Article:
For millions of poker fans around the world, the heroes and villains depicted in ESPN’s iconic World Series of Poker broadcasts during the post-boom era are the only players worth knowing. And while Phil Hellmuth, Mike Matusow, and Daniel Negreanu are indeed special players worthy of high praise, at one point a quiet Finn without a gold bracelet to his credit managed to outplay each and every one of the game’s recognized superstars.
Patrik Antonius may not be a household name to casual poker fans, but those in the know have long regarded the 35-year old native of Finland as one of the best players on the planet. With nearly $20 million in reported cash game earnings, while playing online, primarily under the now legendary screenname “Finddagrind,” not to mention $6.7 million in live tournament cashes and countless high-stakes cash game scores, Antonius earned a reputation for fearless play early on.
Antonius was born on December 13th in Helsinki, Finland, where he became a tennis prodigy at a young age. Finnish coaches labeled Antonius as “Wimbledon material” when he was just 13 years old, and soon he was fully immersed in pre-professional training. Antonius graduated from Helsinki Business College, the equivalent of a high school in his homeland, before serving a mandatory stint in the Finnish Army. All the while he was devoted to pursuing professional tennis, but before he could realize his full potential on the court, a bulging disk in his back prevented him from competing in his first professional tennis tournament.
Even before that, however, Antonius was fueling his competitive fire by playing penny-ante poker games with friends. By the time he was fully engaged in tennis training, Antonius and his fellow players were squaring off for $50 pots in between matches. When an injury forced Antonius to withdraw from serious tennis competition, he transferred his determination to succeed into a new outlet: poker. As described by Antonius on his personal website, the decision came naturally even at such a young age:
“Right out of the Army I was ready to start playing professional tennis tournaments. But just before my first professional tournament, I suffered a terrible back injury. Luckily for me, my passion for poker was almost as strong as tennis, and now that I could not play tennis, I was going to focus on poker.”
Poker had always been Antonius’ second passion, and when he was just 18 he managed to turn $25 into $225 by winning Casino Helsinki’s weekly No-Limit Hold’em tournament. That feat alone wouldn’t merit mention, but when one considers that Antonius had never before played the game (specializing in Pot-Limit Omaha instead), it becomes clear that he possessed a natural talent for all forms of poker.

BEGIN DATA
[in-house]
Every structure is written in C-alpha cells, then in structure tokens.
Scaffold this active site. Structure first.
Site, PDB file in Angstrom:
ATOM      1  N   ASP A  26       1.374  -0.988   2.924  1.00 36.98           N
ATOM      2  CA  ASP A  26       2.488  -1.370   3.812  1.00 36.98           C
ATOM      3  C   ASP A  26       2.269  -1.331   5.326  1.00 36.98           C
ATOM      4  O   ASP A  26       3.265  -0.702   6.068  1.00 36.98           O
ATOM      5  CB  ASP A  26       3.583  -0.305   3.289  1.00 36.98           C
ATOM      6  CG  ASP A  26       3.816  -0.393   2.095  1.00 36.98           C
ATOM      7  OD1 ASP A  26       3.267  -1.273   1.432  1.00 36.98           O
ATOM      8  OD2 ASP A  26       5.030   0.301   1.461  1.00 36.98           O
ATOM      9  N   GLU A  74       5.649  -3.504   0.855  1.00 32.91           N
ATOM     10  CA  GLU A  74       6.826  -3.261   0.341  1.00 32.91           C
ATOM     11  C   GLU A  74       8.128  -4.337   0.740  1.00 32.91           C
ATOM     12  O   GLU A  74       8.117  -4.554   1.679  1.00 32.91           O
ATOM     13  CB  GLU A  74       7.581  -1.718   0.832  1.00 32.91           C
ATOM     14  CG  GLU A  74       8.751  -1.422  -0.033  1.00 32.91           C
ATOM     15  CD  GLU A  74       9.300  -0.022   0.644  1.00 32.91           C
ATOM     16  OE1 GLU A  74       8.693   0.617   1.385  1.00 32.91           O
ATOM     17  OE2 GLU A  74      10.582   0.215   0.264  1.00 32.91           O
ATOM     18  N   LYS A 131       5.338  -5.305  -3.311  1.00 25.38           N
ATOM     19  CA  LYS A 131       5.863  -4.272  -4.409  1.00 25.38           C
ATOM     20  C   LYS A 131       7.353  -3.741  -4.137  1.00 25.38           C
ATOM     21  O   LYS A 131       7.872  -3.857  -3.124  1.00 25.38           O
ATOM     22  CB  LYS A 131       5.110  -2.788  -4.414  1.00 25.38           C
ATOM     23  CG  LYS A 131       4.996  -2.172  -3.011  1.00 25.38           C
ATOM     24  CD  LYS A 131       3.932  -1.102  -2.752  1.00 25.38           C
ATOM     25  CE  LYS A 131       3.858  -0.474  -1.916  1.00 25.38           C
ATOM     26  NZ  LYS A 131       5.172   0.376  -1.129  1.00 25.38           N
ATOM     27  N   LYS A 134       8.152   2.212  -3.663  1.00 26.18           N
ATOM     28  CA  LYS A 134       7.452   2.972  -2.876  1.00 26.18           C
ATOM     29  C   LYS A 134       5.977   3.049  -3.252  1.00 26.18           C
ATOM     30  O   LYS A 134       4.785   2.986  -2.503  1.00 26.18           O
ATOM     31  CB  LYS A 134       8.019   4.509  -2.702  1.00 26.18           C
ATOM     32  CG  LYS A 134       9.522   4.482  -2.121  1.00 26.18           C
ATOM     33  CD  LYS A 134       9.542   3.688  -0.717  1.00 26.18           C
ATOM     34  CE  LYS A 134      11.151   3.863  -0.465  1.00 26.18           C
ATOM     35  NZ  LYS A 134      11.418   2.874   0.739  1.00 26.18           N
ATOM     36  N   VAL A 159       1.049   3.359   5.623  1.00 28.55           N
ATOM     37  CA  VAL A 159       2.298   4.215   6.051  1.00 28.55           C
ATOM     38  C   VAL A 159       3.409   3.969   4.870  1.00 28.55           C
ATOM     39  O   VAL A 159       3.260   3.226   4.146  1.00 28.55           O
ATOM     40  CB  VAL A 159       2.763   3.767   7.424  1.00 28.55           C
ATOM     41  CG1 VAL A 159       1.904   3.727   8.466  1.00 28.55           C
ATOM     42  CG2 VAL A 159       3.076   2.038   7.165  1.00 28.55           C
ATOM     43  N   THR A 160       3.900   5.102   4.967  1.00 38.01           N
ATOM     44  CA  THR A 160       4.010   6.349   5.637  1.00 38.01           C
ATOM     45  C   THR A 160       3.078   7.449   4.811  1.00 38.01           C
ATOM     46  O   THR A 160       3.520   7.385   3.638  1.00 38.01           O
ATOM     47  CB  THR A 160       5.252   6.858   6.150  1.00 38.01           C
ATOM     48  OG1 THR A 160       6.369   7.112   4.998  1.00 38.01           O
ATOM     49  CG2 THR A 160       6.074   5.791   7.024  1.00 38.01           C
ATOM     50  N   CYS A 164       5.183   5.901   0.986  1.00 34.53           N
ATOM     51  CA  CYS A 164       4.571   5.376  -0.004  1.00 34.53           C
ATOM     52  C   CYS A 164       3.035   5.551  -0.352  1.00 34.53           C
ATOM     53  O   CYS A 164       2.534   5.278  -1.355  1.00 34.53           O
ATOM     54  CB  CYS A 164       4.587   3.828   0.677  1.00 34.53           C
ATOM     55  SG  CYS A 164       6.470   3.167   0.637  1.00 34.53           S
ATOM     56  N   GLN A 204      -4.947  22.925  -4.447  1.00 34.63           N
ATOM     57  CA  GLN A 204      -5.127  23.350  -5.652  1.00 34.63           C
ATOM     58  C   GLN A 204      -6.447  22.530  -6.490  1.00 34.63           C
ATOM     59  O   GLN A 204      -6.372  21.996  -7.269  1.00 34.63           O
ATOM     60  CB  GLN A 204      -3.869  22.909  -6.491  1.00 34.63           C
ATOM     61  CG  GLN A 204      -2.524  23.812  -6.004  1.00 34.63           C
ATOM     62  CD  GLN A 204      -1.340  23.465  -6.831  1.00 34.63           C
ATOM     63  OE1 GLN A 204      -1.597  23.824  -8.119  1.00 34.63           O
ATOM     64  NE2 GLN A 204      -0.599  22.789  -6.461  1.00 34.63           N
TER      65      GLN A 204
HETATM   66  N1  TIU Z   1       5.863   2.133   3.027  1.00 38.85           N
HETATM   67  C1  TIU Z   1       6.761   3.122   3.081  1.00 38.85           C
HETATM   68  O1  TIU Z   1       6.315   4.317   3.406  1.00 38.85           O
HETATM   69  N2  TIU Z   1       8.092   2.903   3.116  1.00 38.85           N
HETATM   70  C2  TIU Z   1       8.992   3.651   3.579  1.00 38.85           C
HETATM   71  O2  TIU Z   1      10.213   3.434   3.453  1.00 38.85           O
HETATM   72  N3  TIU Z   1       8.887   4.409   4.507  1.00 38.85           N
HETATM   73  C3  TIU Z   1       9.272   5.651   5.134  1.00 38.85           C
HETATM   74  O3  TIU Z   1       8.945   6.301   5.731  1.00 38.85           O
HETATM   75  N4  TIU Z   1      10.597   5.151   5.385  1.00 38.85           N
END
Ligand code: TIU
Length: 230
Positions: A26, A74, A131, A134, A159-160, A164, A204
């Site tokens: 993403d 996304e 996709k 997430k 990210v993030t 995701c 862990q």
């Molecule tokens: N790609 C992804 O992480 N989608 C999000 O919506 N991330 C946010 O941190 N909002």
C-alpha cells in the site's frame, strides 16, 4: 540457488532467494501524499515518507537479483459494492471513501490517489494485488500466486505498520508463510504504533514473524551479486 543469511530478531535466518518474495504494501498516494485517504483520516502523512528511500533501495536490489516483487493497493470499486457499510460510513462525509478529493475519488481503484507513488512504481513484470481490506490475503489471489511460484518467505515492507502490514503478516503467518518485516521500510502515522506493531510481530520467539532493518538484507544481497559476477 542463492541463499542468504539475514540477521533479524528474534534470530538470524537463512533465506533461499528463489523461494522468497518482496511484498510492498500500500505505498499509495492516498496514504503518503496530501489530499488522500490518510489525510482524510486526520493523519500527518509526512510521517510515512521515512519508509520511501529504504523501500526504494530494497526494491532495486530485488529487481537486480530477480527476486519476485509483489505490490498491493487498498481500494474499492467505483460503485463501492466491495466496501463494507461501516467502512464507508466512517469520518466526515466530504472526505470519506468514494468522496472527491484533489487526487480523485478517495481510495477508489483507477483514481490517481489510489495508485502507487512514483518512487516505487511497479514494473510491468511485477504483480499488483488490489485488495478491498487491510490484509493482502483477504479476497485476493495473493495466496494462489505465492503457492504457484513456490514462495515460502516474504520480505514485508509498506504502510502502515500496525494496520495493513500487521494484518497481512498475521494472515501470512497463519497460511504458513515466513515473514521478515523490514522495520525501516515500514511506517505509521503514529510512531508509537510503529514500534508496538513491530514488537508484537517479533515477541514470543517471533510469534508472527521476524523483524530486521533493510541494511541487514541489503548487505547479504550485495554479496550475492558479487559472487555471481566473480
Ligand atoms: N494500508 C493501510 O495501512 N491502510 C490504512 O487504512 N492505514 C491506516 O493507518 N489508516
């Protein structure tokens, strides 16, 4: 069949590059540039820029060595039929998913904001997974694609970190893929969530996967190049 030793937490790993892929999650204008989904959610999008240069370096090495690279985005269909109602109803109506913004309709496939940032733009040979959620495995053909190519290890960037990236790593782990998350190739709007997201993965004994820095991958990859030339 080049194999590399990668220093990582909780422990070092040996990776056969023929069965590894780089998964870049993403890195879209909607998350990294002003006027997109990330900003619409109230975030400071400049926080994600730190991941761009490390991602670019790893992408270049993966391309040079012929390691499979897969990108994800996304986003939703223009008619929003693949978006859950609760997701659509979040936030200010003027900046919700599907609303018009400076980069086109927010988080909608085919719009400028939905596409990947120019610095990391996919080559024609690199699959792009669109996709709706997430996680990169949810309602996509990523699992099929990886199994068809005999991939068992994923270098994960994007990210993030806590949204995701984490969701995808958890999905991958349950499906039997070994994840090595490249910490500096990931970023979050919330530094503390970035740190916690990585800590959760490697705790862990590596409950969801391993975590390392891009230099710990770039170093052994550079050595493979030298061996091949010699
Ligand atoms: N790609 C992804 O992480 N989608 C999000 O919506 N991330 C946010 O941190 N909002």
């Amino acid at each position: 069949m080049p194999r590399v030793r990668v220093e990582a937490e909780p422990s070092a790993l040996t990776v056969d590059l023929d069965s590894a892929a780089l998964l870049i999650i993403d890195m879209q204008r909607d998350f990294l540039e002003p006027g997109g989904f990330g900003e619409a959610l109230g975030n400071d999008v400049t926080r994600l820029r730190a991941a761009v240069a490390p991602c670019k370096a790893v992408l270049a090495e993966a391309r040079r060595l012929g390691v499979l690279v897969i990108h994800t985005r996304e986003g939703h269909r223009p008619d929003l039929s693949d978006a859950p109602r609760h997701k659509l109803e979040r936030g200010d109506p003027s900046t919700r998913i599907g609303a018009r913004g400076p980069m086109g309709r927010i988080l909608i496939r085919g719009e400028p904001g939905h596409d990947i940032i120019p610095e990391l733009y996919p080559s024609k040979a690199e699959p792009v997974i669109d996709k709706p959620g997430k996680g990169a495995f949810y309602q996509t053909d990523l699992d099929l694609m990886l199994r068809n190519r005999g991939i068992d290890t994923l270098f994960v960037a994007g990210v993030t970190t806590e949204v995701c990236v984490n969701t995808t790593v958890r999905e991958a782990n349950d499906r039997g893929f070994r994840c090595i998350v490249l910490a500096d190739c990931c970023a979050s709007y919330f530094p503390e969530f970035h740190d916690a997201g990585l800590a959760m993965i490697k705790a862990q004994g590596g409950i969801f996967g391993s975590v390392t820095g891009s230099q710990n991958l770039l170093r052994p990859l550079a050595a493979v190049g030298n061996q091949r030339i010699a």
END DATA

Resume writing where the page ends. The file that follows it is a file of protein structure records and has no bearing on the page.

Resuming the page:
While Antonius honed his craft in the local $2/$2 Pot-Limit Omaha games, building bankrolls and going broke in steady cycles like so many players before him, he also dabbled in a number of side jobs to make ends meet. Modeling, coaching tennis, and even selling products as a door-to-door salesman sustained Antonius in his early 20s, but poker was always on the periphery of his daily life.
After a three-month culinary internship spent in Italy, where he abstained from poker for a time, Antonius returned home in January of 2003 to continue his studies at Helsinki Polytechnic Stadia. Online poker had gained a foothold within Scandinavia at this time, so Antonius brought his game to the virtual felt. After a series of initial $200 deposits, Antonius found his proverbial groove by becoming one of the first players to experiment with multi-tabling. Two months later he held more than $20,000 in his online poker account, a windfall which helped convince him to focus on poker full-time. As Antonius described this time in his life years later, the multi-tabling discovery prompted his meteoric rise through the ranks:
“The idea of being able to play anytime and more than one table at a time was unbelievable. I was hooked. I started studying the game and my opponents even more and immersed myself in the game.”